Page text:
Jupiter was the star on Friday night as astronomers and enthusiasts turned to the skies. A rare celestial event unfolded involving the gas giant's three out of four largest moons.
Callisto started off the event, with its shadow appearing at around 7:11 p.m. PST. At about 8:35 p.m. PST, Io's shadow joined in, followed by Europa's shadow at around 10:27 p.m. PST. Once Io's shadow moved away at 10:52 p.m. PST, the event concluded. It wasn't until midnight that Callisto's shadow disappeared from Jupiter's disk, while Europa's shadow lingered until 1:22 a.m. PST.
During the event, another phenomenon occurred, with Io being eclipsed by Callisto. Io started crossing the front of Jupiter's disk around 19 minutes after its shadow first appeared. It ran into Callisto's shadow, darkening Io and making it appear as a very visible black dot against the gas giant's bright backdrop. Io's shadow merged with Callisto's before Io became visible again. The eclipse ended with Io appearing as a bright speck in front of Callisto's shadow.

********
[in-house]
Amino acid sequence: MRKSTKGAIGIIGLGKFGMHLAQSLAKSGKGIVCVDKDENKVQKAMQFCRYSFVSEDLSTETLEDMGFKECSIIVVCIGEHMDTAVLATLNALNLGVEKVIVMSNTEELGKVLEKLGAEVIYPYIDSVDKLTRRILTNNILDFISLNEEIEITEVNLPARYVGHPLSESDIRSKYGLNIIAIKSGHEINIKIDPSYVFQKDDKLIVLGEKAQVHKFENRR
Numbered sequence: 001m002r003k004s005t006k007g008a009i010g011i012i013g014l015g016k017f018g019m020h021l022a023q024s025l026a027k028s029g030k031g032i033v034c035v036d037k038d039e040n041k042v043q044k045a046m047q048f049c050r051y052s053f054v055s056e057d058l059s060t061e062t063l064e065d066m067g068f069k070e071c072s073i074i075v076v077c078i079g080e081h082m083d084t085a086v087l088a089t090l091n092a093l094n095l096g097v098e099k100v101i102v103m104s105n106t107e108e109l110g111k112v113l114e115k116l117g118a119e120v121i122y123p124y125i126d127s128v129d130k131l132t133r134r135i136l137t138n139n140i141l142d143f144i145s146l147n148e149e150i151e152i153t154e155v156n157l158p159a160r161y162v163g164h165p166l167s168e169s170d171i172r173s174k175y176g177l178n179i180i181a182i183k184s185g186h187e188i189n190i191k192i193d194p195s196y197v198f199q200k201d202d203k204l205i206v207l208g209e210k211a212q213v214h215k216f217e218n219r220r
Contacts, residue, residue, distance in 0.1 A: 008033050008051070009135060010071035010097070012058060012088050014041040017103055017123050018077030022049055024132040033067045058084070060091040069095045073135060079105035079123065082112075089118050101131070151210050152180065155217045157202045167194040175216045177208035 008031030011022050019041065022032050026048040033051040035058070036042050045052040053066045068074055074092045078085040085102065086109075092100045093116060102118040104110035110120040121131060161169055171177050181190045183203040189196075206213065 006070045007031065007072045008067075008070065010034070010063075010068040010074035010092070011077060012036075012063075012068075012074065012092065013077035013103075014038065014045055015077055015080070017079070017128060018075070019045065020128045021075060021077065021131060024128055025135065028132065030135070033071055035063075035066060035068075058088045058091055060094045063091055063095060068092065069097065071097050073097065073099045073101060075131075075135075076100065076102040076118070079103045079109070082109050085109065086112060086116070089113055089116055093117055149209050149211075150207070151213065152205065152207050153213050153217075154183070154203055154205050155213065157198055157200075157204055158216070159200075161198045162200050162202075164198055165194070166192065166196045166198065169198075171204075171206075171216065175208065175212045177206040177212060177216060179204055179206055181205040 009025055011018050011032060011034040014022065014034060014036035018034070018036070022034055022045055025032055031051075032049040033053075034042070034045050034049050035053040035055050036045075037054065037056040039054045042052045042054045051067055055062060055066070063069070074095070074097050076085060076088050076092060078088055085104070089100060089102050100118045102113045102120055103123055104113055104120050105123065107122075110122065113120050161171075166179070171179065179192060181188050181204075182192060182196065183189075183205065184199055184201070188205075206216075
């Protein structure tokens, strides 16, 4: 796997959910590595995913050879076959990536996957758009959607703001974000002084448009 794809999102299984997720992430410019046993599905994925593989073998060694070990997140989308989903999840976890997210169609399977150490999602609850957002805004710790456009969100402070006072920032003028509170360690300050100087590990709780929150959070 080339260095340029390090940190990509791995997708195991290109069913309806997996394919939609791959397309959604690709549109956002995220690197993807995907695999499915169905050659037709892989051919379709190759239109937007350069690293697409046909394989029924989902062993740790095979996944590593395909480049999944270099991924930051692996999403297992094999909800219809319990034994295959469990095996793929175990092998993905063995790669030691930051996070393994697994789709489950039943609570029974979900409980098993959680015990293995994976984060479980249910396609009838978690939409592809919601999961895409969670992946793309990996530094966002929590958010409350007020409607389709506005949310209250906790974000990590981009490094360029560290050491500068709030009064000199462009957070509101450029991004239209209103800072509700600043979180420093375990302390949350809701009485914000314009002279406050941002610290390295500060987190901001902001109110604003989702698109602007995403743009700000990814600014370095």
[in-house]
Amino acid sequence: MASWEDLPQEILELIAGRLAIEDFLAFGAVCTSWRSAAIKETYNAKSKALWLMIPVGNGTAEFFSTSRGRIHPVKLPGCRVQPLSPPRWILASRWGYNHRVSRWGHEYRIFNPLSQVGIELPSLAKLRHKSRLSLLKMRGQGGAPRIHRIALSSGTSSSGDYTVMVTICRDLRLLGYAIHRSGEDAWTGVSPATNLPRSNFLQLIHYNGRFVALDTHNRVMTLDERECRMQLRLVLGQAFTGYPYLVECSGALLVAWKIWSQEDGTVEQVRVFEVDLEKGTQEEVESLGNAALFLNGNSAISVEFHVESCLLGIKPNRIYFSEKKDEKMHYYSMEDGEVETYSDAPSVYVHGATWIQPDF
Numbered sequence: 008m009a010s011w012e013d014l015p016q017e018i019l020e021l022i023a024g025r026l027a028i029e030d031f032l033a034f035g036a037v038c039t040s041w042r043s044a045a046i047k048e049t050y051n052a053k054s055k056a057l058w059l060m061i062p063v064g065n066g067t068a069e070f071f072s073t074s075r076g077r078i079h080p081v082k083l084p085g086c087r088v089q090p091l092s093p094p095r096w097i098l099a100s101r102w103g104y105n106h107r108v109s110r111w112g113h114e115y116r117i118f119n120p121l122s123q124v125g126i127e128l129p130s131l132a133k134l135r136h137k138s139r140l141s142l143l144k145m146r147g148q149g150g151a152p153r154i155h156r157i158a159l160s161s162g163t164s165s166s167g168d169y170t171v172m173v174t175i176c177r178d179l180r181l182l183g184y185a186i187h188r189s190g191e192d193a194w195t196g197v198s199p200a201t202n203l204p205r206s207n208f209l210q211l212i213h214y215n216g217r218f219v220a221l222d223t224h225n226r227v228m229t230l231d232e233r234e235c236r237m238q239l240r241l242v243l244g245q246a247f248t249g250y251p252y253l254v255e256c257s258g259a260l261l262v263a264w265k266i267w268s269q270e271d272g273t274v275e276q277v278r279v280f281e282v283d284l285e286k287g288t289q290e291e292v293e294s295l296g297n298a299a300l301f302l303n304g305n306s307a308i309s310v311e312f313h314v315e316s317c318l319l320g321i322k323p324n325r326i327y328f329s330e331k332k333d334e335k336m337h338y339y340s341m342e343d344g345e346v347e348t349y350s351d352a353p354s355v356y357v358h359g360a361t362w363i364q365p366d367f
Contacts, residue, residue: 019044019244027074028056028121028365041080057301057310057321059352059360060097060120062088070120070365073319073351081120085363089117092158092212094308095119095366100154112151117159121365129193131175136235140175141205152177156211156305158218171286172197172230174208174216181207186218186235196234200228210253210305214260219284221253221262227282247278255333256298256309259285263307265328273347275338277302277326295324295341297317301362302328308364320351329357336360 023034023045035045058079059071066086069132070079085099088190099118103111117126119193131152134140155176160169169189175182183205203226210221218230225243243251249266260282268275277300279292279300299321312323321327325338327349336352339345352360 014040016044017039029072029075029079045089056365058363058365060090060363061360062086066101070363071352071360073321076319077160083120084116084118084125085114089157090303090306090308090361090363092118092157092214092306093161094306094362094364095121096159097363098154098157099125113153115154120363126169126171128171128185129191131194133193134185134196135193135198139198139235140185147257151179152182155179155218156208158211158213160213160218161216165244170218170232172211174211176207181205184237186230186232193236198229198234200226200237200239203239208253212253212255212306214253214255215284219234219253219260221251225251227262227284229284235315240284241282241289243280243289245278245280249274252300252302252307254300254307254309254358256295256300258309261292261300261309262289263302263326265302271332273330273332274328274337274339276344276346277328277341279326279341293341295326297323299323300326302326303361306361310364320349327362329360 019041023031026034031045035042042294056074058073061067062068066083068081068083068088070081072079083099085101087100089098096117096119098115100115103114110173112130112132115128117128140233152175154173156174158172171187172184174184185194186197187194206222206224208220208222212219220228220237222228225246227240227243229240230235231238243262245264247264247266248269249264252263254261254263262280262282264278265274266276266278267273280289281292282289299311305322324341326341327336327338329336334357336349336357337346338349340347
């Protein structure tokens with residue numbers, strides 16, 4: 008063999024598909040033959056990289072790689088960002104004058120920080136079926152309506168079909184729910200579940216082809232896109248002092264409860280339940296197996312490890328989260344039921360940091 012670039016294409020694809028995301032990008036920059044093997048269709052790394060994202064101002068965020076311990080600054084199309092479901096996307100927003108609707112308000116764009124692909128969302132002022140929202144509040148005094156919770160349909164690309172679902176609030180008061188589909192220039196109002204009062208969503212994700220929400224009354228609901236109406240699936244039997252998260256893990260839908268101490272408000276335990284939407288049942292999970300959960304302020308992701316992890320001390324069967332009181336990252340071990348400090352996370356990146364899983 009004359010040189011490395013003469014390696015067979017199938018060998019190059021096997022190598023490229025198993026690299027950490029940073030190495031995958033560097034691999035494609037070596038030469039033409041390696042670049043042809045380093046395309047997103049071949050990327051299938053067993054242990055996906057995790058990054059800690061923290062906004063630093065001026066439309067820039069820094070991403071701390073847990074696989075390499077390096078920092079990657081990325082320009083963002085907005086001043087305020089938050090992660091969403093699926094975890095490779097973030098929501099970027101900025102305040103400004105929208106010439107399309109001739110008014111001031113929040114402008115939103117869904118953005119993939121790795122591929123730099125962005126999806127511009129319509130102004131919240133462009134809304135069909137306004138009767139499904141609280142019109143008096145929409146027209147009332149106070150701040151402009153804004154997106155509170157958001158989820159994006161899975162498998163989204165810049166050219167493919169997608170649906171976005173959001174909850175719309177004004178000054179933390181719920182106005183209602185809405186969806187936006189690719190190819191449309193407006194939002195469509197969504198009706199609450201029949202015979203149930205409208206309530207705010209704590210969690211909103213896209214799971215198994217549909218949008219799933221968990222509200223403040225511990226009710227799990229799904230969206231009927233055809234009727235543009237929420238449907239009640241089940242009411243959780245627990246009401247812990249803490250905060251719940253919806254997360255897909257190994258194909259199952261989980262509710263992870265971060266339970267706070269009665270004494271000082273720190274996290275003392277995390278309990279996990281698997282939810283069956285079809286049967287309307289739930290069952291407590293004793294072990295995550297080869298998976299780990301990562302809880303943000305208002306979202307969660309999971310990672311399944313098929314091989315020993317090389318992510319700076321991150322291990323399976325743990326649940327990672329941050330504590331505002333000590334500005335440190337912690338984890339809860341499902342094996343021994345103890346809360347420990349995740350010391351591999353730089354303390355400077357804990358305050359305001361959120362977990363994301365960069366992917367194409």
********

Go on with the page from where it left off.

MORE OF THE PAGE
The last time three moon shadows appeared simultaneously on Jupiter was in 2013 but the next one won't be happening until 2032. The Griffith Observatory in Los Angeles held a viewing activity for the event, releasing as well a video beforehand of what the gas giant's moons' overlapping shadows would look like. The observatory also provided a live video stream of the shadows in transit and has said it will be uploading a time-lapse video of the shadows meeting in the days following the event.
The moons, as well as Ganymede, were discovered by Galileo Galilei in 1610. Thus, collectively, Jupiter's largest moons are called Galilean moons. Ganymede was also visible during the event but it did not cast a shadow on Jupiter.
Shadow transits, as the event is called, involves Jupiter's moons passing in front of the gas giant to project their own shadows on the planet. It's not unusual to observe one shadow transit a week but it's already considered a treat to witness two at the same time. That's why having three simultaneous shadow transits is a big deal. With the event concluded, astronomers and enthusiasts in the U.S. will have to wait until December 30, 2032 for the next one.
Below is the animation of the shadow transit:
Those who can spare around four hours can also replay the coverage of Griffith Observatory: